Christian Joy means getting TOUGH!!!

Joy is not for wimps…True joy – the kind that doesn’t evaporate in the face of opposition and obstacles – must be anchored in the hope of salvation in Jesus Christ. The saints learned this secret, and we must learn it, too. It’s not easy, of course. Like weeds, obstacles to cultivating true joy spring up all around us: struggles at home, problems with finances, illness, failed relationships, difficulties in the workplace, and, most alarming, confusion, division, and dissent within the Church itself…

For a Catholic, joy in the midst of adversity is not merely a
possibility or a suggestion, but an obligation…

The foundation of abiding joy is the realization that God is our
loving Father, Who allows all the trials and circumstances in our
lives to work together for our good, what we commonly call divine
providence (cf. Rom. 8:28). Every difficulty we encounter is
provided as an opportunity for us to demonstrate our trust and
reliance upon our Father. If we truly have confidence in His
loving care for us, why would we allow ourselves to become
discouraged by the troubles that surround us?

Don’t feel like you’re a particularly joyful person? You can do something about it. Like building a muscle through repeated weight lifting, joy is strengthened by practicing natural virtues. God’s gift of grace builds on nature, so by developing virtue, the treasure of divine life (cf. 2 Pet. 1:4) flourishes within our hearts. But this takes consistent effort. It means we must work to acquire fortitude, so that we don’t give up when things become difficult; temperance, so that we don’t give in to excesses in pursuing the pleasures of this world; justice, so we may prioritize and fulfill our daily obligations; and prudence, so that we may be truly wise and always able to evaluate our earthly circumstances in light of eternity. Without these natural virtues, our joy may be stolen from us…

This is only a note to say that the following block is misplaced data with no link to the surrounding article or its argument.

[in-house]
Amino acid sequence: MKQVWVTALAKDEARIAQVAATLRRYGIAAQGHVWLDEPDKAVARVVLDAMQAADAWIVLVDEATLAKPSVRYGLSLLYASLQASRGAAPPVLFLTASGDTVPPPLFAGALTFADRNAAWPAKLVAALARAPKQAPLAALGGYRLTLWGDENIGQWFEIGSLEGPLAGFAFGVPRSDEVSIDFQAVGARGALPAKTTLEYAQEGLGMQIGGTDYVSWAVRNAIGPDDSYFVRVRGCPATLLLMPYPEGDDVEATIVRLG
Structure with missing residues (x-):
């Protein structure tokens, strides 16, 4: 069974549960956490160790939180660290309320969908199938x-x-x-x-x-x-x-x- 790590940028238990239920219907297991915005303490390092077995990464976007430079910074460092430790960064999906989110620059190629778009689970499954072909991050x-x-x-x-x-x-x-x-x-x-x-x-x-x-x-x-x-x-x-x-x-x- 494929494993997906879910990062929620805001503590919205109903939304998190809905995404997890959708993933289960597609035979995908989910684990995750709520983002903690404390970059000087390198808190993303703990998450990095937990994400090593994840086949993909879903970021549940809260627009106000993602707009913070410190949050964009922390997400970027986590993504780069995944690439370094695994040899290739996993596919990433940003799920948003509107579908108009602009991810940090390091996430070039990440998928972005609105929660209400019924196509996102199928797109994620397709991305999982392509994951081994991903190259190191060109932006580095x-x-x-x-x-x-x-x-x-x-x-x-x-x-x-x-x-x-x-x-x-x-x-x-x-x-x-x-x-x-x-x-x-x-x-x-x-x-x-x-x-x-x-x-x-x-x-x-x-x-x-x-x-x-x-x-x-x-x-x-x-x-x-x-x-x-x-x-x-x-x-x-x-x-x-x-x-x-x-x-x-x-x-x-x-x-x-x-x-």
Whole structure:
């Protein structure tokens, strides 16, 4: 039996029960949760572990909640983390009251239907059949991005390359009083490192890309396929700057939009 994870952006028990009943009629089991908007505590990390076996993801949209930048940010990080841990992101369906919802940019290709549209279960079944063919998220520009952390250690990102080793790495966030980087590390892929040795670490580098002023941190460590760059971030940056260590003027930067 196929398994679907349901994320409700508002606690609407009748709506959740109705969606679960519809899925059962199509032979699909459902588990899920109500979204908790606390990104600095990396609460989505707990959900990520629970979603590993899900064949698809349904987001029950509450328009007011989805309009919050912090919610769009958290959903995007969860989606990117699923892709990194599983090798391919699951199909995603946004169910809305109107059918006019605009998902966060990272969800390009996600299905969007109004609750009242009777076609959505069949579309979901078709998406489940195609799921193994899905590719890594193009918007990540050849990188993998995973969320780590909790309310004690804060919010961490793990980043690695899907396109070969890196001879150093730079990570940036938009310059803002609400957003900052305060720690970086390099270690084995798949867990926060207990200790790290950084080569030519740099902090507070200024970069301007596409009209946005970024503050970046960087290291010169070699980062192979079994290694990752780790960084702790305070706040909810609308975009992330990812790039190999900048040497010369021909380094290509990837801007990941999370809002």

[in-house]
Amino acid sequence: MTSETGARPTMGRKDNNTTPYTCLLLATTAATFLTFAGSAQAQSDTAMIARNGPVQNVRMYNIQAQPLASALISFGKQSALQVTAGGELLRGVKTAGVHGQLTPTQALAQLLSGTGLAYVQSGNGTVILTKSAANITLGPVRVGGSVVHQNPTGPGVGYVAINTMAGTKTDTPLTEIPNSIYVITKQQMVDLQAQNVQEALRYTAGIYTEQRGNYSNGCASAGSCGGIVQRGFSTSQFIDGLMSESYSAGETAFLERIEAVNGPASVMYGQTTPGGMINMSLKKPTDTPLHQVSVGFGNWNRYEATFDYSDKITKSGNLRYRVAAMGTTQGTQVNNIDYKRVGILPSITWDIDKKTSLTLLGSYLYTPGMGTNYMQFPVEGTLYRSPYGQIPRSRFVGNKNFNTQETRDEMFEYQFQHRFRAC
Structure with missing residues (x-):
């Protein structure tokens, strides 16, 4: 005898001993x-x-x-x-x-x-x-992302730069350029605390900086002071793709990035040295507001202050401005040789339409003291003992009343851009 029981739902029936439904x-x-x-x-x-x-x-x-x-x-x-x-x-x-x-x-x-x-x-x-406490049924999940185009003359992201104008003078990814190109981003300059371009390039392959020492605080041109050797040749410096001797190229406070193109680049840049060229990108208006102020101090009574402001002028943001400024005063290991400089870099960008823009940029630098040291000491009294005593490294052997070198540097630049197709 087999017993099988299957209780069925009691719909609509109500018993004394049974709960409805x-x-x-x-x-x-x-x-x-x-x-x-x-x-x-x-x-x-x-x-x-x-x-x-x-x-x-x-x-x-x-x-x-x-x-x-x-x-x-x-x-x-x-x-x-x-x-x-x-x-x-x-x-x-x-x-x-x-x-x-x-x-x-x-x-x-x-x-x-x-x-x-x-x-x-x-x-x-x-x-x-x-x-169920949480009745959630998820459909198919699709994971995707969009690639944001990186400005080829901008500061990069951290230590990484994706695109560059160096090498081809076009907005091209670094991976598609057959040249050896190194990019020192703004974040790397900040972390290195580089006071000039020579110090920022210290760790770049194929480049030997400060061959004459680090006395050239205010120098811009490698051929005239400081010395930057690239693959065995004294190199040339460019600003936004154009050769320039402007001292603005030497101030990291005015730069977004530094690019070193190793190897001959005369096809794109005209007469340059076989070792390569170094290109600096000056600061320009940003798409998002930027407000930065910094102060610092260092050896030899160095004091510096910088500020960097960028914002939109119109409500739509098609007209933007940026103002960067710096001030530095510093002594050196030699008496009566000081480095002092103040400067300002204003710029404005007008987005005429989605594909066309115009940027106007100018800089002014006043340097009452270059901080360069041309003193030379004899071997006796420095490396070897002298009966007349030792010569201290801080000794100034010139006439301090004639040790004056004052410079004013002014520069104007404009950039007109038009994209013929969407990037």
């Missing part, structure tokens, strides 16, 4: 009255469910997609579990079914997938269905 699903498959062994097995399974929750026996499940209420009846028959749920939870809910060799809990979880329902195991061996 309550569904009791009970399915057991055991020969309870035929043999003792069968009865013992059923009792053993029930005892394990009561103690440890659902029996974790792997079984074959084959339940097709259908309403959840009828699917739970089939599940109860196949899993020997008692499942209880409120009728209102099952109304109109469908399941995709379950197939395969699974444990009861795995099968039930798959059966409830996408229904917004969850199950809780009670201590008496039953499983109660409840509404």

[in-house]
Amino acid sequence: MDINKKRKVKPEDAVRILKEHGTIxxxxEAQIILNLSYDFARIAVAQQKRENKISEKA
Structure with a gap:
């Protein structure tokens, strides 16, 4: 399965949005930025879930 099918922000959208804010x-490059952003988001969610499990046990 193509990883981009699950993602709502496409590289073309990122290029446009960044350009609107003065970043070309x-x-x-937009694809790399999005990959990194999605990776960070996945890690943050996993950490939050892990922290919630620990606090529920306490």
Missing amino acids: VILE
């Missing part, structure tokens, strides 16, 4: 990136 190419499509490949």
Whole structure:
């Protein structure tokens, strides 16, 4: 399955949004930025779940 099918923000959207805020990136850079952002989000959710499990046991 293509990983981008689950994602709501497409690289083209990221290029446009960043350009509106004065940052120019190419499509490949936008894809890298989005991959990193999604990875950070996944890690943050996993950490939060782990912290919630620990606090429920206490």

Developing our joy in Christ is a lifelong process, and distractions will inevitably arise that will divert our attention away from Christ and toward the difficulties of our daily lives. These distractions are all the more painful and challenging when they are encountered close to home within our own families and within the Church itself…

Each of us could compose a long laundry list of all the challenges, frustrations, and temptations to anger we encounter in our families and within the Church: Dissent from Church teaching, liturgical abuses, and division (to name a few examples) exist, but to become consumed by these problems would be to go directly against Sacred Scripture, which calls us to let our mind dwell on good and wholesome things (cf. Phil. 4:8). This doesn’t mean we ignore or deny that these difficulties exist, but neither should we become preoccupied with them.

We see the problems, yes, but our focus must be on the solutions.
And even if there is no apparent earthly solution, we should
maintain a sense of hope and thanksgiving for the eternal life
that awaits us.

Besides being an essential characteristic of the faithful
Christian, joy is also a powerful element in leading others to
Christ and His Church. It’s been said that the greatest obstacle
to Catholicism is often Catholics. When we come across to non-
Catholics as pessimistic, suspicious, and incessant complainers
about problems in the Church, we aren’t going to be very effective